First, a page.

Updated meta-analysis of controlled observational studies: proton-pump inhibitors and risk of Clostridium difficile infection.

Link to article at PubMed

Related Articles

Updated meta-analysis of controlled observational studies: proton-pump inhibitors and risk of Clostridium difficile infection.

J Hosp Infect. 2018 Jan;98(1):4-13

Authors: Cao F, Chen CX, Wang M, Liao HR, Wang MX, Hua SZ, Huang B, Xiong Y, Zhang JY, Xu YL

Abstract
Attention has recently been directed toward a plausible link between Clostridium difficile infection (CDI) and proton-pump inhibitors (PPIs). However, the results of studies on the association between CDI and PPI remain controversial. We searched the literature databases from their inception to December 2016, without restriction of language, including all controlled observational studies examining the association between acid-suppressive therapy and CDI. Pooled analysis of 50 studies showed a significant association between PPI use and risk of developing CDI (odds ratio: 1.26; 95% confidence interval: 1.12-1.39) as compared with non-users. When stratified by study patients, the relative risk of hospital-acquired CDI and community-associated CDI were 1.29 (1.14-1.44) and 1.17 (0.74-1.59). After restricting the studies according to hospital department, the relative risks of hospital-acquired CDI in ICUs and general wards were 1.43 (0.74-2.11) and 1.29 (1.13-1.45). By implementing cumulative meta-analysis, it was clear that earlier trials of CDI conducted in the early 2000s demonstrated a high degree of heterogeneity and a high percentage of negative results. Since 2011, the overall association between PPI use and risk of developing CDI has remained relatively stable within an effect size between OR 1.20 and 1.26. Our findings indicate a significant associated risk of incident CDI among PPI users, especially in general ward patients. The totality of evidence, when using cumulative meta-analysis, showed that further trials are unlikely to overturn this positive result. Therefore establishing a guideline for the use of PPIs may help in future with the control of CDI.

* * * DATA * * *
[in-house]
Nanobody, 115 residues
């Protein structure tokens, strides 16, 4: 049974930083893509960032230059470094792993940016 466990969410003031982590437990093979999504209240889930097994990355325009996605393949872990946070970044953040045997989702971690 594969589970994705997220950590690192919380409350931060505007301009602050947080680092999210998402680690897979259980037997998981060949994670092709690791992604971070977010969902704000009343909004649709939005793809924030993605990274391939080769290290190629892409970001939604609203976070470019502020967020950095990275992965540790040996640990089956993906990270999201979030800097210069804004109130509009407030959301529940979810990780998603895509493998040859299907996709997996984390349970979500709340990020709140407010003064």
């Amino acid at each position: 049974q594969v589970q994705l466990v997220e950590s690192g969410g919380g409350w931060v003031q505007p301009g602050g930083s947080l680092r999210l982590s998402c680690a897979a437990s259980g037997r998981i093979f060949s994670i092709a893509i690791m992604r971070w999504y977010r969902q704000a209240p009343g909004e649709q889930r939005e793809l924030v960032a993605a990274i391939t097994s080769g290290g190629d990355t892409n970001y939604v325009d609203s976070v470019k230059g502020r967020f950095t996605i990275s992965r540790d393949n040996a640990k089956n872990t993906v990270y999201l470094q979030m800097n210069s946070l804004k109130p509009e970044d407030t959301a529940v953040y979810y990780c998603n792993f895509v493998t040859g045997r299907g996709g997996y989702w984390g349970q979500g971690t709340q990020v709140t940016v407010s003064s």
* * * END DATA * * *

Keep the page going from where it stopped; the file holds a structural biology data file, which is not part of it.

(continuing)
PMID: 28842261 [PubMed - indexed for MEDLINE]

Leave a Reply

Your email address will not be published.